Sunday, March 27, 2011

Fight for Your Right (To Look Good Fighting): SUCKER PUNCH

For several years now, I’ve had Zack Snyder in my mental list of directors with untapped potential. He has a great command of visual style and seems to be continually on the verge of a masterpiece. In fact, some days I might go so far as saying that he’s a good director but not yet a good filmmaker. That is to say, he can create the visuals with incredible technical precision, but he can’t make them add up. For every film of his that truly succeeds in its own way – be it his zippy, surprising Dawn of the Dead remake or his fascinating, if a bit stiff, Watchmen adaptation – Snyder turns out a bloody mess like 300 or a ridiculous headache like last year’s Legend of the Guardians: The Owls of Ga’Hoole. That’s quite a mixed bag, but it is perhaps his most recent film, Sucker Punch, that finally marks him as a major talent. No, it’s not because it’s a cinematic marvel, but rather because it’s a film of such all-encompassing awfulness that it has to take major talent to conceive, create, and execute. It’s out of the ordinary, and it even has a faint glimmer of mad genius hidden somewhere, but it’s hardly good.

Sucker Punch plays out like a sticky, feverish doodle in the margins of a teenage boy’s notebook. It’s about a creepy insane asylum (run by Oscar Isaac and Carla Gugino) with an inmate population that consists seemingly entirely of sexy schoolgirls. One of these girls, Baby Doll (Emily Browning), imagines that it’s actually a kind of burlesque brothel and then further escapes from even her own imagination by going deeper inside her mind. She pretends that she and some of the other girls (Abbie Cornish, Vanessa Hudgens, Jena Malone, and Jamie Chung) are actually fighting giant ninja statues wielding machine guns and zombie steampunk Nazi robots and dragons and other robots! They, of course, are armed with samurai swords, biplanes, jet-packs, and flying rock-‘em-sock-‘em jet-pack machine gun robots and take advice from a walking fortune cookie who takes the craggy human form of Scott Glenn. Coherence is not a high priority here.

It’s a film all about escaping the constant threat of sexual violence by retreating into video-game violence, about removing the threat of being objectified by objectifying yourself before anyone else can. As you can probably tell, the movie sends mixed messages. It’s unforgiving and odd, all too willing to leer at the pretty girls in tight clothes and short skirts. Sure, it pushes in for slimy close-ups of the male figures as well (even someone as square-jawed handsome as Jon Hamm comes across as looking seedy), but the constant tension of being on the brink of horrible abuse never shakes free. This is a nightmare world of a movie that is all too content to sit on the surface and offer up nothing but dime store philosophizing as a potential escape.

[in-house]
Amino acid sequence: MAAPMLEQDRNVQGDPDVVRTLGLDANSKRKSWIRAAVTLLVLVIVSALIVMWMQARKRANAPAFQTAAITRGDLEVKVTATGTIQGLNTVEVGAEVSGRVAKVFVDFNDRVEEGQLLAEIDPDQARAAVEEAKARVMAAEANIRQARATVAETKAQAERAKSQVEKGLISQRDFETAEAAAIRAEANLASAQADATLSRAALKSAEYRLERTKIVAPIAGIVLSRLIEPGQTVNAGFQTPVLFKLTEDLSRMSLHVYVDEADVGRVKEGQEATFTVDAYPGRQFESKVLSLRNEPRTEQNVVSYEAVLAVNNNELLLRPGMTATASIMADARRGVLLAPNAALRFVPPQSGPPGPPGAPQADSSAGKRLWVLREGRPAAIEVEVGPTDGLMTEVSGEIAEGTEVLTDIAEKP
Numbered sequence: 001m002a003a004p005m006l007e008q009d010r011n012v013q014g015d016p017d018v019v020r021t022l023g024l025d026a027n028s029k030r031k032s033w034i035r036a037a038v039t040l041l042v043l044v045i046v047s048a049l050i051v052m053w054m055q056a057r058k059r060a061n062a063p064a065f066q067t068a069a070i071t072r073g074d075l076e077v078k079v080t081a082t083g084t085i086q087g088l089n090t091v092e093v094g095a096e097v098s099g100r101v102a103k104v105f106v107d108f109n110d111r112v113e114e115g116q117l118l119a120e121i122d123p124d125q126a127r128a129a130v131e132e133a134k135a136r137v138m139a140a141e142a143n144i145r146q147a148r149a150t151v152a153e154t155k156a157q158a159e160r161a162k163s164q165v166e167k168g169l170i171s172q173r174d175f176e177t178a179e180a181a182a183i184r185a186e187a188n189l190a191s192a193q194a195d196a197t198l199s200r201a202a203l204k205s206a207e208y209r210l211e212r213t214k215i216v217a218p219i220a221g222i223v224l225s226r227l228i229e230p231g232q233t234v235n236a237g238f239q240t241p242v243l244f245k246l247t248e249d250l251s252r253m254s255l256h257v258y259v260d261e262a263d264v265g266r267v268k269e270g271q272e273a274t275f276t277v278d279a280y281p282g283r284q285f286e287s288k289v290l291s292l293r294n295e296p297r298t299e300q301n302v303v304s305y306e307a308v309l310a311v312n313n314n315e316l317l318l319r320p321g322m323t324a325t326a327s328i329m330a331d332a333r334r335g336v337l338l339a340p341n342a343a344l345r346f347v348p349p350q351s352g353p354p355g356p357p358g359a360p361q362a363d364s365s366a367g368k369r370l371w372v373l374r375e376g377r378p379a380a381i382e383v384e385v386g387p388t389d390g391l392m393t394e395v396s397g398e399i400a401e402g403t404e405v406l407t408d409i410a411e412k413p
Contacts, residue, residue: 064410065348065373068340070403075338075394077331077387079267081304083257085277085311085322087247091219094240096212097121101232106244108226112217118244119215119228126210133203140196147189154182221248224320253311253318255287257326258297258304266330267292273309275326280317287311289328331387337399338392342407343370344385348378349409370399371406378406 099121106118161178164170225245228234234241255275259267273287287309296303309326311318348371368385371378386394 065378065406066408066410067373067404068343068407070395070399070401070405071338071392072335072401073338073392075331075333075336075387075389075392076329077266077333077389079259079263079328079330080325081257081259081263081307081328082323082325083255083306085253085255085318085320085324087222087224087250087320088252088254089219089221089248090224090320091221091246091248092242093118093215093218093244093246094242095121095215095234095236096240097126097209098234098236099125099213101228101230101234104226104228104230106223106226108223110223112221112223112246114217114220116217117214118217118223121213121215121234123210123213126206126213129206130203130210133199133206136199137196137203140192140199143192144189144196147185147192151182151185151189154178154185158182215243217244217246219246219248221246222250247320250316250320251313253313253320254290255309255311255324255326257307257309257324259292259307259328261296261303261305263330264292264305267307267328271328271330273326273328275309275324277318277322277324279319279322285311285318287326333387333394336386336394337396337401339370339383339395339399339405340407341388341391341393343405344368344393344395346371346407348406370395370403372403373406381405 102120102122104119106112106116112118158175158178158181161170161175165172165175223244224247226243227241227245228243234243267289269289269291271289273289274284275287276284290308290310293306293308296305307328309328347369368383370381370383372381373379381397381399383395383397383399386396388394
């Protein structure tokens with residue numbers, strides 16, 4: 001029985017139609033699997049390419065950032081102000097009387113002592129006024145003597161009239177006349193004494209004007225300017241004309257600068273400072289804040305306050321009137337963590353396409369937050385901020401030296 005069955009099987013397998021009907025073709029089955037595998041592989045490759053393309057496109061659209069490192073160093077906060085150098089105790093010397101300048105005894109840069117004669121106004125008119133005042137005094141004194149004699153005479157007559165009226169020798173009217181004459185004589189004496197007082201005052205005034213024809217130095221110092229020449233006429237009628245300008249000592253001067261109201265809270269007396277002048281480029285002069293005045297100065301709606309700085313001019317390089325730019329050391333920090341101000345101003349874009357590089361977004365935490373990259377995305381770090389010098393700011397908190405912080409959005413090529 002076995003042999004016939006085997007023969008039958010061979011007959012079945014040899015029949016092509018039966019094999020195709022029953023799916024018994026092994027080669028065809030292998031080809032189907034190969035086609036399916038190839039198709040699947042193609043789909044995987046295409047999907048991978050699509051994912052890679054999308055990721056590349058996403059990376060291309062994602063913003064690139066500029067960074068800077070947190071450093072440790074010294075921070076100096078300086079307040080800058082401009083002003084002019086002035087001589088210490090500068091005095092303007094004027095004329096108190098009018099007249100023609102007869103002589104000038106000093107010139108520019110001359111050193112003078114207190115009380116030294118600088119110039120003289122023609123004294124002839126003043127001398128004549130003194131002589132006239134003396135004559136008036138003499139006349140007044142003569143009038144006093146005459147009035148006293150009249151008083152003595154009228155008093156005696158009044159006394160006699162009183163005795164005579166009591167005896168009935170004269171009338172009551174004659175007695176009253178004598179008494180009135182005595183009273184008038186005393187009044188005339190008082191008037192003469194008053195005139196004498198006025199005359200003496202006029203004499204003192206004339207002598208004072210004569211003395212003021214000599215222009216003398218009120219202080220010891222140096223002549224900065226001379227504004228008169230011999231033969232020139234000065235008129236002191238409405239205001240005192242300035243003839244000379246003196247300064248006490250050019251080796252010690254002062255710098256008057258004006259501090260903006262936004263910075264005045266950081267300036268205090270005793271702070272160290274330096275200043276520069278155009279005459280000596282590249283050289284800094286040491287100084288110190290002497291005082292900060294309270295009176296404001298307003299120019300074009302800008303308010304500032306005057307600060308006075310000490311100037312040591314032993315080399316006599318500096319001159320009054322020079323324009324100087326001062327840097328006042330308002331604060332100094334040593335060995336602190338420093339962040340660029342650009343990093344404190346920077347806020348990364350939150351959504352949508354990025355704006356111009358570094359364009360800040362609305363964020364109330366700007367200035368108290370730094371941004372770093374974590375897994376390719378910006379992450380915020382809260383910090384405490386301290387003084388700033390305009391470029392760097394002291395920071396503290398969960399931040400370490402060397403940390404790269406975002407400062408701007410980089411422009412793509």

Fittingly, the first thing the audience is presented with is a proscenium and a closed curtain. After the logos, the curtain pulls away, drawing open the world of the film. Snyder announces right off of the bat that this will be a film of arch theatricality, of base emotions writ large. Indeed it is, but this is a film that, pardon the pun, pulls its punches. It’s various settings (asylum, brothel, battlefields) are never utilized for their dramatic potential; the cuts between the various levels of reality are never not jarring, always carrying the feeling that important plot level detail has been skipped. We’re meant to be digging further and further into the psyche of these imprisoned and abused young women and yet every fantasy sequence takes us further and further from them.

In the end, this is a film that wants to invite you to leer and then scold you for it. It’s a film that wants to sit on the surface level of “Isn’t that cool?” and then pretend that it’s all about “you being your own key to freeing yourself” or some such ponderous claptrap that fills the concluding voice-over. It wants to have its skimpily clothed warrior chicks and respect them too (a feat that wouldn't be impossible under more capable directorial hands), much like that doodling teen might be able to draw a girl, but might not have a clue about who she really is. Sucker Punch is just a sleazy exploitation film that thinks itself too serious and moralizing (or maybe just too big-budget) to have the convictions to stand behind its barely buried id.

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